Similar species: Juncus militaris is hard to confuse with our other species due to its large size (usually at least 0.5 m tall), the very long and stiff lowest stem leaf blade that overtops the inflorescence, and the fact that it is confined to very specific and rare locations in the Chicago Region. Probably most similar would be J. alpinoarticulatus, J. articulatus, and their hybrid, J. x alpiniformis, but none of those taxa have the inflorescence overtopped by a stem leaf, and they are usually much smaller plants.

Flowering: late July to October

Habitat and ecology: Incredibly rare, in mucky bottoms of shallow lakes or wet shores.

Occurence in the Chicago region: native

Notes: Juncus militaris is a much more northern species and the two sites of occurrence in northern Indiana represent far disjunct populations. The next closest populations are probably in Michigan's Upper Peninsula or very north Lower Peninsula in counties bordering Lake Huron. Tragically, the one documented site in Porter County, Indiana was destroyed in the 1950's. It was thought to be extinct in the Chicago Region (state of Indiana listed this species as extirpated),until it was found at a nature preserve in St. Joseph County, Indiana in 1997 (specimen at MOR as displayed on this website).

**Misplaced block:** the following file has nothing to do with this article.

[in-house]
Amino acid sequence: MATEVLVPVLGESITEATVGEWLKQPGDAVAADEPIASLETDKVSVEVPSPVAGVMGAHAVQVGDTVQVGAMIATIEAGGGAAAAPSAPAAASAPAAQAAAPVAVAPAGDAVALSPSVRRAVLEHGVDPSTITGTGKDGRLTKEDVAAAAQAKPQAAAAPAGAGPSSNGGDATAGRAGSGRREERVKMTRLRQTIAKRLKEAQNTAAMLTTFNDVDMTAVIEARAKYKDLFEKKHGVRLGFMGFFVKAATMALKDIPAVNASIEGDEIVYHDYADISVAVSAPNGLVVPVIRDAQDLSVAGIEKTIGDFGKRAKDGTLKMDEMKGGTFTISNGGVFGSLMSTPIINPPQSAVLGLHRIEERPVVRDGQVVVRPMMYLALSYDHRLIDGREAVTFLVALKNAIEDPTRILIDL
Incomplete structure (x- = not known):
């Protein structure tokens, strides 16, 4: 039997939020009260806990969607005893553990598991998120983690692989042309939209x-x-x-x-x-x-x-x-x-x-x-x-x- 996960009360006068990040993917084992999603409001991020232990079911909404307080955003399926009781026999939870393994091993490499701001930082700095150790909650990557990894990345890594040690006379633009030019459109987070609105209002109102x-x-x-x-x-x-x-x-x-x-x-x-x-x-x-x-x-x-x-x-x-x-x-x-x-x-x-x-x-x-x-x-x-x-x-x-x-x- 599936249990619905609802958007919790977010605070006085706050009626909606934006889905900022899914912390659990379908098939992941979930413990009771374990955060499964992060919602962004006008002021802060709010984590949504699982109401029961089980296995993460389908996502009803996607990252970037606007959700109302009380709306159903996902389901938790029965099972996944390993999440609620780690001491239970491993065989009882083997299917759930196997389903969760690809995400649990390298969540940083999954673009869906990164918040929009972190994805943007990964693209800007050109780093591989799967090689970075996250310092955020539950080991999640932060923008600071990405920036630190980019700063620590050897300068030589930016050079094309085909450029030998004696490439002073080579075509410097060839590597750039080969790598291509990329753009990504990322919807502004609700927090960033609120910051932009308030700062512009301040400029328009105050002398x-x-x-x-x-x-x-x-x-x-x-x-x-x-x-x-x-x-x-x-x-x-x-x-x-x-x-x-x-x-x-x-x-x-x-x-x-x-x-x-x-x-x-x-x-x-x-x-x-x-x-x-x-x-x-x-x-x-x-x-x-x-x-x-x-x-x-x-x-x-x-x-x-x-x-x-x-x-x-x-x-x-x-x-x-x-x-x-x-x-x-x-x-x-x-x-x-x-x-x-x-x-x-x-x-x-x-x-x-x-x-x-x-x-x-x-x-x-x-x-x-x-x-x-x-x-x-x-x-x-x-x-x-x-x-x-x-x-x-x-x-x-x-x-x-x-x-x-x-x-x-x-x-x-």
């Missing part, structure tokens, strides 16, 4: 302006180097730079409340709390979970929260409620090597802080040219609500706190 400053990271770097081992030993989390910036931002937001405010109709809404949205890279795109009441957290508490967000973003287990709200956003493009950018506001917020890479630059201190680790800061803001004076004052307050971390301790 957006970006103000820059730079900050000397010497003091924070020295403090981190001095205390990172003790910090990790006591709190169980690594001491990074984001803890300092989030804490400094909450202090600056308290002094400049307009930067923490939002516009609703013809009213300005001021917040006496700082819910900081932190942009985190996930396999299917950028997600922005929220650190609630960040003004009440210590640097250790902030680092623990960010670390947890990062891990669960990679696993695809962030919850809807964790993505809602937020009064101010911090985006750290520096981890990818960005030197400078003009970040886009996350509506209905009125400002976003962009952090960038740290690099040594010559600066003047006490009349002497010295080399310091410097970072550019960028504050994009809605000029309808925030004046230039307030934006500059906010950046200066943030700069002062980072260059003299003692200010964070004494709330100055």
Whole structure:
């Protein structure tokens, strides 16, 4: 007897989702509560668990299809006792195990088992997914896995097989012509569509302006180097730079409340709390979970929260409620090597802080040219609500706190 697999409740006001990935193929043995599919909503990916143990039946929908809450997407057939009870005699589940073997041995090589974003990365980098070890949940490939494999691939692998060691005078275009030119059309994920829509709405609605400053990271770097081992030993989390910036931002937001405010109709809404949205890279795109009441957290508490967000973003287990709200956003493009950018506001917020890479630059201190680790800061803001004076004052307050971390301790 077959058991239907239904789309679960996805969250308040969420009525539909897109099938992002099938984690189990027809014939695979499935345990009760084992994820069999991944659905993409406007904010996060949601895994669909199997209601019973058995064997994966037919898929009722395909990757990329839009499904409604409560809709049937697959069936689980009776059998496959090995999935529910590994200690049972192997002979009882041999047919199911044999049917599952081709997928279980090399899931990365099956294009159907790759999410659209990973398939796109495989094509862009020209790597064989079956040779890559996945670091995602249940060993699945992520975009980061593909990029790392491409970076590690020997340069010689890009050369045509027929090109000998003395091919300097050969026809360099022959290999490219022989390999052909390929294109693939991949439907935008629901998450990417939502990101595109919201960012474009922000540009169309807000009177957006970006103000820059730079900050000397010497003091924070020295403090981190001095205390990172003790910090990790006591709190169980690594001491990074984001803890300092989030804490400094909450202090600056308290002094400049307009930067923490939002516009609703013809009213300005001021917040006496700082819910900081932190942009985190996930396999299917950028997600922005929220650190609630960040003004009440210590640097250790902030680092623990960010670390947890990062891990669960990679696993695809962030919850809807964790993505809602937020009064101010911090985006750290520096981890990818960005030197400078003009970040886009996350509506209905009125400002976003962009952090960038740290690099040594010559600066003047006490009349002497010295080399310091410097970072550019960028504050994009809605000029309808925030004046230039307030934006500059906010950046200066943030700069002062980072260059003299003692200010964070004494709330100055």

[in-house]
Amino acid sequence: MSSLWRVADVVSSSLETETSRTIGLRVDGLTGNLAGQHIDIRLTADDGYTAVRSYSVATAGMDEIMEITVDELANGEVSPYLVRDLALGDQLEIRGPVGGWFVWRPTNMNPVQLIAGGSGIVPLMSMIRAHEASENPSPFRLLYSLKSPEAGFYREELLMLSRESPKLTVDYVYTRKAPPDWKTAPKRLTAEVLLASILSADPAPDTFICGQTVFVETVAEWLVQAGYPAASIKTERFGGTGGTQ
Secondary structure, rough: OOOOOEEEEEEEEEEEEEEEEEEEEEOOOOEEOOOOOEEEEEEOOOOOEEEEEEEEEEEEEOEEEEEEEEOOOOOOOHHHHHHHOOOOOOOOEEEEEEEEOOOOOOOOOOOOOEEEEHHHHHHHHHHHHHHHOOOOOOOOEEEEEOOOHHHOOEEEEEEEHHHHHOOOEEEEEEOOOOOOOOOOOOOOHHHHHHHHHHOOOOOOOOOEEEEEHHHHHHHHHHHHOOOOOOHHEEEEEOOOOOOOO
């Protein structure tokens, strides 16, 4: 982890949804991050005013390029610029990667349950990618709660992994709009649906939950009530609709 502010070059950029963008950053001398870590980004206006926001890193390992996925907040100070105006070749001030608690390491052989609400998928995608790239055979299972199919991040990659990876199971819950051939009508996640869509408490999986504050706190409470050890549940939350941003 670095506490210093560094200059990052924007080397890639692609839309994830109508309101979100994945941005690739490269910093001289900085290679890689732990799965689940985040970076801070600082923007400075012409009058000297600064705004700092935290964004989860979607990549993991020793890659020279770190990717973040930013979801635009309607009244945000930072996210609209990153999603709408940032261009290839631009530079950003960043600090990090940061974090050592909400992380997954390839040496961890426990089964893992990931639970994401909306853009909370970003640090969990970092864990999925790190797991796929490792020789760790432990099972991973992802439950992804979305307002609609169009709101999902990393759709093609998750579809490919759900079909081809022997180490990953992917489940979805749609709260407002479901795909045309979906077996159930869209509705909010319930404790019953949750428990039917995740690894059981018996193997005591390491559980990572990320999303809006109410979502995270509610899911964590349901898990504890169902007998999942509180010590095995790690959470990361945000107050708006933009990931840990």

Author: The Field Museum

Stems stout, erect from a rhizome, (3-)5-10 dm, with a few (or no) bladeless sheaths near the base and a single (seldom two) long foliage lf near the middle, its stout stiff blade overtopping the infl; rhizome, when submersed, often producing many long capillary lvs; infl obpyramidal, 4-15 cm, freely branched (the branches ascending), the obpyramidal to subhemispheric glomerules 5-13(-25)-fld; fls eprophyllate; tep lance-subulate to lanceolate, subequal, 2.3-3.5(-4) mm, the sep often aristulate; stamens 6; fr unilocular, trigonously ovoid-prismatic, 2.4-3.3 mm, acuminate into a conspicuous beak. Shallow water and wet shores; N.S. to Del.; inland in n. N.Y., s. Ont., and n. Mich. J. subnodulosus Schrank, a European species, was collected as a waif in Mass. many years ago and described as J. pervetus Fernald. It has obtuse tep and widely spreading primary branches of the infl.

Gleason, Henry A. & Cronquist, Arthur J. 1991. Manual of vascular plants of northeastern United States and adjacent Canada. lxxv + 910 pp.

©The New York Botanical Garden. All rights reserved. Used by permission.